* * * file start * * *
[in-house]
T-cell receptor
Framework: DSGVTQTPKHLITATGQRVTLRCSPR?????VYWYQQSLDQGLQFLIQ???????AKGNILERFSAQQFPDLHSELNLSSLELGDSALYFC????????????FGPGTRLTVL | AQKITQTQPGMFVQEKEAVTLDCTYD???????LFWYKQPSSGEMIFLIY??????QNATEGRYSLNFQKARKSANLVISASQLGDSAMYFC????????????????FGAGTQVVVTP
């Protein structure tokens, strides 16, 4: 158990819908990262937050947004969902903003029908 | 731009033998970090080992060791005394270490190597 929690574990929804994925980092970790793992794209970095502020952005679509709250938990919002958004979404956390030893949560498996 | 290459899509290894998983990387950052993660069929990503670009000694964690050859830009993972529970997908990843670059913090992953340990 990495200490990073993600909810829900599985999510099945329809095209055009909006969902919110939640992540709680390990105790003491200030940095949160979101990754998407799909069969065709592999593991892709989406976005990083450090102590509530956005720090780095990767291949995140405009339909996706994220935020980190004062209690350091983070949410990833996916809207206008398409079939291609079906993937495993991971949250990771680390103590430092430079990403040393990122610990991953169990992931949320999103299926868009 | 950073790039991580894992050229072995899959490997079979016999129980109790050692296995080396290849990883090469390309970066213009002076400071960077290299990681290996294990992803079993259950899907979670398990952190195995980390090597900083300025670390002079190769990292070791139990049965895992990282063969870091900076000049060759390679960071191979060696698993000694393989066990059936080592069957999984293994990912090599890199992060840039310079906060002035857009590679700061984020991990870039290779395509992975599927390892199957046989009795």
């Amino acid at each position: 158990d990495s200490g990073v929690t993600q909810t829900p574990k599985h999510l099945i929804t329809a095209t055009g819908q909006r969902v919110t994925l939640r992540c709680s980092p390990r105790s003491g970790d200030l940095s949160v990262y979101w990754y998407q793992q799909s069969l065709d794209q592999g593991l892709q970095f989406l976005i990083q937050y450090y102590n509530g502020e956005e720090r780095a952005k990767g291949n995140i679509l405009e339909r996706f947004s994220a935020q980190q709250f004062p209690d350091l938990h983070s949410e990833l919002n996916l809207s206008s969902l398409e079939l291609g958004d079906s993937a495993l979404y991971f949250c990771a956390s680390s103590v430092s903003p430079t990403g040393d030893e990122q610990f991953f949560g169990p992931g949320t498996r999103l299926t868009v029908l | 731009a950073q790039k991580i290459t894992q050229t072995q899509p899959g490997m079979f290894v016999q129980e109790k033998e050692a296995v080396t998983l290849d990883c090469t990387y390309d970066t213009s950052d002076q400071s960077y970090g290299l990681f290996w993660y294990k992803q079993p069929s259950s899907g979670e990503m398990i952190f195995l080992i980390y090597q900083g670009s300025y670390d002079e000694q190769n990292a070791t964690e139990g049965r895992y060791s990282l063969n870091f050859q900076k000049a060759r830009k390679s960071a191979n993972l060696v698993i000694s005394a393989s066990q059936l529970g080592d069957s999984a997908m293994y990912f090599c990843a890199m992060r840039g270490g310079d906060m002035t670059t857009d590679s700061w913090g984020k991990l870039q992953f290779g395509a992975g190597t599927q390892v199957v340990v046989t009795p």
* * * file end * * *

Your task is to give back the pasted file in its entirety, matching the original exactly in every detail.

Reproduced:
[in-house]
T-cell receptor
Framework: DSGVTQTPKHLITATGQRVTLRCSPR?????VYWYQQSLDQGLQFLIQ???????AKGNILERFSAQQFPDLHSELNLSSLELGDSALYFC????????????FGPGTRLTVL | AQKITQTQPGMFVQEKEAVTLDCTYD???????LFWYKQPSSGEMIFLIY??????QNATEGRYSLNFQKARKSANLVISASQLGDSAMYFC????????????????FGAGTQVVVTP
């Protein structure tokens, strides 16, 4: 158990819908990262937050947004969902903003029908 | 731009033998970090080992060791005394270490190597 929690574990929804994925980092970790793992794209970095502020952005679509709250938990919002958004979404956390030893949560498996 | 290459899509290894998983990387950052993660069929990503670009000694964690050859830009993972529970997908990843670059913090992953340990 990495200490990073993600909810829900599985999510099945329809095209055009909006969902919110939640992540709680390990105790003491200030940095949160979101990754998407799909069969065709592999593991892709989406976005990083450090102590509530956005720090780095990767291949995140405009339909996706994220935020980190004062209690350091983070949410990833996916809207206008398409079939291609079906993937495993991971949250990771680390103590430092430079990403040393990122610990991953169990992931949320999103299926868009 | 950073790039991580894992050229072995899959490997079979016999129980109790050692296995080396290849990883090469390309970066213009002076400071960077290299990681290996294990992803079993259950899907979670398990952190195995980390090597900083300025670390002079190769990292070791139990049965895992990282063969870091900076000049060759390679960071191979060696698993000694393989066990059936080592069957999984293994990912090599890199992060840039310079906060002035857009590679700061984020991990870039290779395509992975599927390892199957046989009795």
């Amino acid at each position: 158990d990495s200490g990073v929690t993600q909810t829900p574990k599985h999510l099945i929804t329809a095209t055009g819908q909006r969902v919110t994925l939640r992540c709680s980092p390990r105790s003491g970790d200030l940095s949160v990262y979101w990754y998407q793992q799909s069969l065709d794209q592999g593991l892709q970095f989406l976005i990083q937050y450090y102590n509530g502020e956005e720090r780095a952005k990767g291949n995140i679509l405009e339909r996706f947004s994220a935020q980190q709250f004062p209690d350091l938990h983070s949410e990833l919002n996916l809207s206008s969902l398409e079939l291609g958004d079906s993937a495993l979404y991971f949250c990771a956390s680390s103590v430092s903003p430079t990403g040393d030893e990122q610990f991953f949560g169990p992931g949320t498996r999103l299926t868009v029908l | 731009a950073q790039k991580i290459t894992q050229t072995q899509p899959g490997m079979f290894v016999q129980e109790k033998e050692a296995v080396t998983l290849d990883c090469t990387y390309d970066t213009s950052d002076q400071s960077y970090g290299l990681f290996w993660y294990k992803q079993p069929s259950s899907g979670e990503m398990i952190f195995l080992i980390y090597q900083g670009s300025y670390d002079e000694q190769n990292a070791t964690e139990g049965r895992y060791s990282l063969n870091f050859q900076k000049a060759r830009k390679s960071a191979n993972l060696v698993i000694s005394a393989s066990q059936l529970g080592d069957s999984a997908m293994y990912f090599c990843a890199m992060r840039g270490g310079d906060m002035t670059t857009d590679s700061w913090g984020k991990l870039q992953f290779g395509a992975g190597t599927q390892v199957v340990v046989t009795p």